5 Celebs You Didn't Realize Were Voice Actors in 90s Movies and Shows

In this day and age, actors and other celebrities are keen to do voice work, the cool comfort of the studio is a happy change of pace from even the simplest of live action work, and the paycheck is often ample, especially for people who are already established. 

Animated features aren’t the only projects nabbing celebs for their smooth pipes. Car companies love a famous, male voice. Ever wonder where you’ve heard that low yet lucid voice in Mercedez-Benz commercials? It’s Jon Hamm. The macho hum in the Dodge Ram commercials? Michael C. Hall or Sam Elliott, depending on the ad. Acura? James Spader. GMC? Will Arnett. Ford Trucks? Denis Leary. 

However, this cash-laden victory lap of sorts is only the most kushy of voice gigs, especially for actors who have the versatility to crossover. For many of the most recognizable faces in film and T.V. today, the voice coming out of that face was key for paying the bills, and breaking in the 90s. So, your favorite peice of 90s nostalgia was a proving ground for a then unknown star of today. Let the discovery begin!

1. Bryan Cranston

Wednesday on Reddit, Cranston, the star of Breaking Bad and Malcom in the Middle, spilled about his work on that most classic children’s action show of 90’s, Mighty Morphin’ Power Rangers. If your only memory of the color coded warriors are their toys and that time you tried a dragon kick from your parent’s bed and bruised your ribs, the show is almost completely dubbed and voiced-over. Cranston played two monsters including Snizard, sampled below. They even named the Blue Ranger after him, Billy Cranston.

2. Steve Carell and Stephen Colbert

This set of comedic geniuses got their live action fame as correspondents on The Daily Show with Jon Stewart, and have since moved on to ever bigger and better gigs. You already know Carrell is part of the Judd Apatow mafia, and you definitely know Colbert is Colbert, but did you know that together, they are the voices of “The Ambiguously Gay Duo?” Crazy, right?

Colbert and Carell play Ace and Gary, the tight spandex clad, bottom slapping, phallic supercar driving, cartoon superheroes from Robert Smigel’s animated Saturday Night Live segment, T.V. Funhouse. The Duo rocked the middle portion of the sketch comedy juggernaut from ’96 to ’99, and then ad hoc all the way up until last year, where they were portrayed in live action by Jon Hamm and Jimmy Fallon. Colbert and Carell played mainstay villains, Dr. Brainio and Bighead.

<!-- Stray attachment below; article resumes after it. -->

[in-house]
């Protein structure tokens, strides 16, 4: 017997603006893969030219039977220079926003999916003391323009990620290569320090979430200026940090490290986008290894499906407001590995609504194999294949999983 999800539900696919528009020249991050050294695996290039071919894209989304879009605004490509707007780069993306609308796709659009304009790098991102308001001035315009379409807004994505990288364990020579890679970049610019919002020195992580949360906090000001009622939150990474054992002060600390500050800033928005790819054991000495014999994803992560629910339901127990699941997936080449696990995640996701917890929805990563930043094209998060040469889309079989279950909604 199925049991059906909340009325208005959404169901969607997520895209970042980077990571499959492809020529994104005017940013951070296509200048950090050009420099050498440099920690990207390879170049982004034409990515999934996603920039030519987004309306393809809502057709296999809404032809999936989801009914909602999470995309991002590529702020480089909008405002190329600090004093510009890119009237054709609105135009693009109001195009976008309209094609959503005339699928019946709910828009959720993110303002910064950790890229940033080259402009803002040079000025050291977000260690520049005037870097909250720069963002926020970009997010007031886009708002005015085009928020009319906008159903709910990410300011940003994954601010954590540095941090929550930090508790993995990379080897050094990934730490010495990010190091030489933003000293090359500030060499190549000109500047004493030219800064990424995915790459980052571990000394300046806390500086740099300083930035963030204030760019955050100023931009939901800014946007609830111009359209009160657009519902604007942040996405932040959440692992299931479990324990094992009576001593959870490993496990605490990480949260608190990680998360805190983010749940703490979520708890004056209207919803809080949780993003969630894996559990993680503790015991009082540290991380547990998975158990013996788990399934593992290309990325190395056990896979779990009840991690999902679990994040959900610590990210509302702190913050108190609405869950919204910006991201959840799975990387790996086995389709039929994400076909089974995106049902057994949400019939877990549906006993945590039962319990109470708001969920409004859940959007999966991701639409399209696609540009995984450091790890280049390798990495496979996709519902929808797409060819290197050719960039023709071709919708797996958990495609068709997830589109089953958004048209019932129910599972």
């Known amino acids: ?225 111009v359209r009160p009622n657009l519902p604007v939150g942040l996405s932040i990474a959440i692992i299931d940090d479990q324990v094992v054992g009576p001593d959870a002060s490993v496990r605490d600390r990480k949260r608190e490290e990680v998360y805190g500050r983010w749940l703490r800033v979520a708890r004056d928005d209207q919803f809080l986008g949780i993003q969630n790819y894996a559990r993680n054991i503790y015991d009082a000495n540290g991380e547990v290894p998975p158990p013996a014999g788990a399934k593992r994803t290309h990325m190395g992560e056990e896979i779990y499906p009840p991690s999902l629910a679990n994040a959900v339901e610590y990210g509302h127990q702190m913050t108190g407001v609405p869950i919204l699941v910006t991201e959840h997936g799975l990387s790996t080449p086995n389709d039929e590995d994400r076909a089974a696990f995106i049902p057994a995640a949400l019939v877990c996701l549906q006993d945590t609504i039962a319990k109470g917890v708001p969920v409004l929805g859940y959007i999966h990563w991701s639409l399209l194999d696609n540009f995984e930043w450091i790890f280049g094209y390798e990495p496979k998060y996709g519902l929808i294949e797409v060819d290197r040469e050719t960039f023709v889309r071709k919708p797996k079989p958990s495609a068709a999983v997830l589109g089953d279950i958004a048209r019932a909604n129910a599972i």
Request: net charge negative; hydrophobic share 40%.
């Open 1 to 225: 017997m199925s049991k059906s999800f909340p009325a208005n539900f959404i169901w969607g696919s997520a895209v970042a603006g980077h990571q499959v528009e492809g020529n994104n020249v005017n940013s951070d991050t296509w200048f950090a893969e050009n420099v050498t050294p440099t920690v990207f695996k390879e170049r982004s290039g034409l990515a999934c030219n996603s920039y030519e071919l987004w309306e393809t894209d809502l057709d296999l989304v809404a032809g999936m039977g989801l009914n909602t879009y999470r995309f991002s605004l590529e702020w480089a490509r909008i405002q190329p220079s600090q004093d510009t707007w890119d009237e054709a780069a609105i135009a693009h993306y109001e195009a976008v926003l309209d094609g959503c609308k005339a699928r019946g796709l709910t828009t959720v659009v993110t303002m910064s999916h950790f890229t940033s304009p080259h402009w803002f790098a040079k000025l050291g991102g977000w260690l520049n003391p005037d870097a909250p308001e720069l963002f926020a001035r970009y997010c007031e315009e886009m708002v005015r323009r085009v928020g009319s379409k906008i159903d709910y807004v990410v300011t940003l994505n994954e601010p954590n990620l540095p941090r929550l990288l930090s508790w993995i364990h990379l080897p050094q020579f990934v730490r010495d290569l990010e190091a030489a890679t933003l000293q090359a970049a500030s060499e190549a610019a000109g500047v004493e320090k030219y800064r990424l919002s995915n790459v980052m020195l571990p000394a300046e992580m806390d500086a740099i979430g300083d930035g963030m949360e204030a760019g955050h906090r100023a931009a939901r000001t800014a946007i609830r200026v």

Carell is continuing his voice work in the Despicable Me franchise, Colbert however, is saving his voice work for narrating his field reports on The Colbert Report.

3. Jerry Orbach

Jerry Orbach was able to retire for his many years as one TV’s most recognizable law enforcement officials, Detective Lenny Briscoe, a primary protagonist on the original Law and Order. Given, Orbach has been a staple on Broadway for decades, and a lesser known screen actor since the fifties, his second most famous role is almost certainly Lumiere, the candelabra from Disney’s Beauty and the Beast.

Mind: Blown.

4. Vin Diesel

This macho man is a mainstay in three franchises, including the seemingly unstoppable Fast and Furious series. He is lesser known for his more "legitimate" turns in films like Saving Private Ryan and Find Me Guilty. Even more obscure is the knowledge that he is also the voice of eponymous character in The Iron Giant.

This film is most famous for being an underrated masterpiece that was a major flop for Warner Brothers. It is also the full length feature debut for director Brad Bird, who had previously been a mainstay on The Simpsons, and later took over the helm of Ratatouille and even Mission Impossible 4: Ghost Protocol.

5. Flea

The Coup De Grace must be Flea, the world renowned bassist for the Red Hot Chili Peppers, and legendary wild man. When the producers of the Wild Thornberrys needed a firecracker to play Donnie, the feral child and black sheep of the adventurous cartoon family, they looked no further than this original member of rock and roll's funkiest band. At a show once, I tried to explain this to the guy next to me, and right when he expressed his surprise, Flea jumped over to his mic and screamed "YABBITY BIBBITY BOP!". Point Proven.